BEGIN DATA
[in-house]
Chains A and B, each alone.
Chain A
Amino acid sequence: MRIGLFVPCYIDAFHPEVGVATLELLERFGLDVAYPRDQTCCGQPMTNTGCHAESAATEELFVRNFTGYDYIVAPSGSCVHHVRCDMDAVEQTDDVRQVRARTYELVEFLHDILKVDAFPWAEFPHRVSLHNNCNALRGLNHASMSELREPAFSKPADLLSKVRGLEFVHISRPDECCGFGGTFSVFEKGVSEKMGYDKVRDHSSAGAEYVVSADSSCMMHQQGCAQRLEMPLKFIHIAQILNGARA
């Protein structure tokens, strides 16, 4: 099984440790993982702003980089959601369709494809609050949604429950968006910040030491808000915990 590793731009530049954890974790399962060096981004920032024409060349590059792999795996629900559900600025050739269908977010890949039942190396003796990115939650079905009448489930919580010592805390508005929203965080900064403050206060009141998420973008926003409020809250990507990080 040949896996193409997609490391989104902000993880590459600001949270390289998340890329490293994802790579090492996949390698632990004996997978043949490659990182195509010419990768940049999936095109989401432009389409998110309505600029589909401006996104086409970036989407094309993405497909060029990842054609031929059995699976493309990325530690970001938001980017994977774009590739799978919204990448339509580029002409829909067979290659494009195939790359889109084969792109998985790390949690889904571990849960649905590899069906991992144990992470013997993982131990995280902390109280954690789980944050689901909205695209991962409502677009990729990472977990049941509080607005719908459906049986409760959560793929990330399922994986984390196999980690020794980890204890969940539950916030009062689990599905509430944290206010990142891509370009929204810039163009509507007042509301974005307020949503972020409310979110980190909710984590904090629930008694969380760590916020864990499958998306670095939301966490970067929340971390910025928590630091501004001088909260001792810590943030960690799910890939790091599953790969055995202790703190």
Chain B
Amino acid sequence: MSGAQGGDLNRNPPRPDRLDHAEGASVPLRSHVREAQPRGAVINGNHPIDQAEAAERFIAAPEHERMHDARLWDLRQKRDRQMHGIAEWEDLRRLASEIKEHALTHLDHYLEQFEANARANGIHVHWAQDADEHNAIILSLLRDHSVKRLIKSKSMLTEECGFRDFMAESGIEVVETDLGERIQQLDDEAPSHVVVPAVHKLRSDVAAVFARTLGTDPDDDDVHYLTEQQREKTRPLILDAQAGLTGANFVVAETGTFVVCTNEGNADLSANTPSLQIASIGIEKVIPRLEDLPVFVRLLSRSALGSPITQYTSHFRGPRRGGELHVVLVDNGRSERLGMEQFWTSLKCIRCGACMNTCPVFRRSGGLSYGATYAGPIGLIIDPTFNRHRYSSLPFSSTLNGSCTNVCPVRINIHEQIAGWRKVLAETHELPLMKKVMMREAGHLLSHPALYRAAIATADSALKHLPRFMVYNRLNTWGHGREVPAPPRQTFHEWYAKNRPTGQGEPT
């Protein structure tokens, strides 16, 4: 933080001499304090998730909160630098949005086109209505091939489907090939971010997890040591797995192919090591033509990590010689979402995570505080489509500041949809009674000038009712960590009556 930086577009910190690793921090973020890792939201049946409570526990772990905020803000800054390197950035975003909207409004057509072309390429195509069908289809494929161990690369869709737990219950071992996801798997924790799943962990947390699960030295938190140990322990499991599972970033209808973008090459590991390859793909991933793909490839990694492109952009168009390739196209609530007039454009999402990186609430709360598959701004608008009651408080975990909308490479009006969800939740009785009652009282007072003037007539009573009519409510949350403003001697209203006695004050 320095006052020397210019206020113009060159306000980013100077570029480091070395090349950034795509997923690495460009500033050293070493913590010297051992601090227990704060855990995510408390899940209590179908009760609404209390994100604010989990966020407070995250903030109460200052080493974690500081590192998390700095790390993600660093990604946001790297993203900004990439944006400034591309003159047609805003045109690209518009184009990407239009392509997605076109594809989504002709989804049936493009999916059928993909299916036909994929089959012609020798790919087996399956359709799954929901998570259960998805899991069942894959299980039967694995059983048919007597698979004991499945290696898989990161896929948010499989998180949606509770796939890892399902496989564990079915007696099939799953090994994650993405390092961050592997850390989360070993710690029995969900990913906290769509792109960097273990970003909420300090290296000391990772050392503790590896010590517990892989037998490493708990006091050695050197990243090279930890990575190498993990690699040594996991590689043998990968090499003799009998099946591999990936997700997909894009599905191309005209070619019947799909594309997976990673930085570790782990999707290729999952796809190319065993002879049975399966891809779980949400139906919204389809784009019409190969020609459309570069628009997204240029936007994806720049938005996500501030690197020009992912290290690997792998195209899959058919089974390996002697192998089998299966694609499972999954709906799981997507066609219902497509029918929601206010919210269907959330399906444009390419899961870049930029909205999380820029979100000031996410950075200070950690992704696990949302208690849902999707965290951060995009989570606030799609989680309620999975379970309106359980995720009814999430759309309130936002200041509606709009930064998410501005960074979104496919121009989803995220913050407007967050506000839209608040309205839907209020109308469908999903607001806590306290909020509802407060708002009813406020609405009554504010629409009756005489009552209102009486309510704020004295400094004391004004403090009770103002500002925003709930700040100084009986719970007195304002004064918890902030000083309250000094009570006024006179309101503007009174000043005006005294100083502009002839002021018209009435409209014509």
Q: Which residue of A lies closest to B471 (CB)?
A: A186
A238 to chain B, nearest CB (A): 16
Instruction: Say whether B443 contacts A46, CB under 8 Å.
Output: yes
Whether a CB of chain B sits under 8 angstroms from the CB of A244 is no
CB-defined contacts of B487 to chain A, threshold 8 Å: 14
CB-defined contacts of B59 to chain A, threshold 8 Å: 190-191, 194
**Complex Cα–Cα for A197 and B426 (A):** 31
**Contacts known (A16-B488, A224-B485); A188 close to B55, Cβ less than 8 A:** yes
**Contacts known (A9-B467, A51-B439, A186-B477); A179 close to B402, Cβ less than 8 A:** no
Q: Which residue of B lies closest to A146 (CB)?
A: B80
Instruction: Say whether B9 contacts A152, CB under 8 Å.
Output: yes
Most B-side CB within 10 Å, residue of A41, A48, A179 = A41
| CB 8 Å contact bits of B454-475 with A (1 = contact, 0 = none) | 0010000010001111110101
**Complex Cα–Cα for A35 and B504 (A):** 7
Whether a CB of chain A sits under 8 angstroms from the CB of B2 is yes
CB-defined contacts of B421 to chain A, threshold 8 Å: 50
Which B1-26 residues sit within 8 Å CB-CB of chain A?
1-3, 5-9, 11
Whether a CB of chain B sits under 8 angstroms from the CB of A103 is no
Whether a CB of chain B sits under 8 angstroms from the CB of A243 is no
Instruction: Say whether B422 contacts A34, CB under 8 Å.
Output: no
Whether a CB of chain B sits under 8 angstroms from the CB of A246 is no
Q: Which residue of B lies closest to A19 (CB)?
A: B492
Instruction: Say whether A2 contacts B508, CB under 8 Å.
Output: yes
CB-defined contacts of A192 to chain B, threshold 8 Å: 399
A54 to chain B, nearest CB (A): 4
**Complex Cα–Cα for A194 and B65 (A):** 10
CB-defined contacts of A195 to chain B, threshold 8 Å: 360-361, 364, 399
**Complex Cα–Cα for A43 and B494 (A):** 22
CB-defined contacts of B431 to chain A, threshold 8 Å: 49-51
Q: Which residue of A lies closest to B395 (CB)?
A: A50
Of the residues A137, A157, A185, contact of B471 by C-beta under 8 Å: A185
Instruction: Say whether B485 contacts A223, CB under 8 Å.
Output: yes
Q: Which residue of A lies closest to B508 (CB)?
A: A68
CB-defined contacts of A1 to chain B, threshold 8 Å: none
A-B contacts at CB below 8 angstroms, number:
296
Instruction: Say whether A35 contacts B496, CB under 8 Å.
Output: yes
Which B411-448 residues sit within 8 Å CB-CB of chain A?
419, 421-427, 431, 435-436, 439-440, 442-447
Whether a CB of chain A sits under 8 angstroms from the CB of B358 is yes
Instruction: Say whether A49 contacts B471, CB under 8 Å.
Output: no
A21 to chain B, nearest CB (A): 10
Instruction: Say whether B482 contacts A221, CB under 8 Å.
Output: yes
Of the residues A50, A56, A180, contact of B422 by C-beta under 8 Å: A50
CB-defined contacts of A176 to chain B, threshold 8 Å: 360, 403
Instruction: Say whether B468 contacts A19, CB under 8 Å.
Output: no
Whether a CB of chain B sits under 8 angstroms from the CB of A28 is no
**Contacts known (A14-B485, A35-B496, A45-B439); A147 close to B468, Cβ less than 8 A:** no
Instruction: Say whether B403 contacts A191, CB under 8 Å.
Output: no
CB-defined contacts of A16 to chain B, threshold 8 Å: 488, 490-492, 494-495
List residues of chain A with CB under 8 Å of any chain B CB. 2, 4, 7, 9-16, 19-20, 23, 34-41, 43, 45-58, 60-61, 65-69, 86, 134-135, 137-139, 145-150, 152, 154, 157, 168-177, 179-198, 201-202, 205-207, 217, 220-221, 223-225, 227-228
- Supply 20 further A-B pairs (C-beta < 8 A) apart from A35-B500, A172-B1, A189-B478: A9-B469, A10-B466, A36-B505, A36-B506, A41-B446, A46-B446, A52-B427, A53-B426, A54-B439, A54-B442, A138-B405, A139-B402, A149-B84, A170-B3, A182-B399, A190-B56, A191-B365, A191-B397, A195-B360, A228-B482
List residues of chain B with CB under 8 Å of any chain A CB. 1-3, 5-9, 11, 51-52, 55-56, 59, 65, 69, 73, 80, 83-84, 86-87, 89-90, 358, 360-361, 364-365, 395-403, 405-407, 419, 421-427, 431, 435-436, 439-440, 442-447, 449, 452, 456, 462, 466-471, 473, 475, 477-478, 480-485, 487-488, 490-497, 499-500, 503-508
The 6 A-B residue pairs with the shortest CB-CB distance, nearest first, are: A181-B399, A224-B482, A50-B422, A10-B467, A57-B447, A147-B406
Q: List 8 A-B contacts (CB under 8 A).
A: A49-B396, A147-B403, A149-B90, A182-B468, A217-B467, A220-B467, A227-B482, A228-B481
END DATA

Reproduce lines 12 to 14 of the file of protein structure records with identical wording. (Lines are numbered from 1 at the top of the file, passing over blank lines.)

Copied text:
Instruction: Say whether B443 contacts A46, CB under 8 Å.
Output: yes
Whether a CB of chain B sits under 8 angstroms from the CB of A244 is no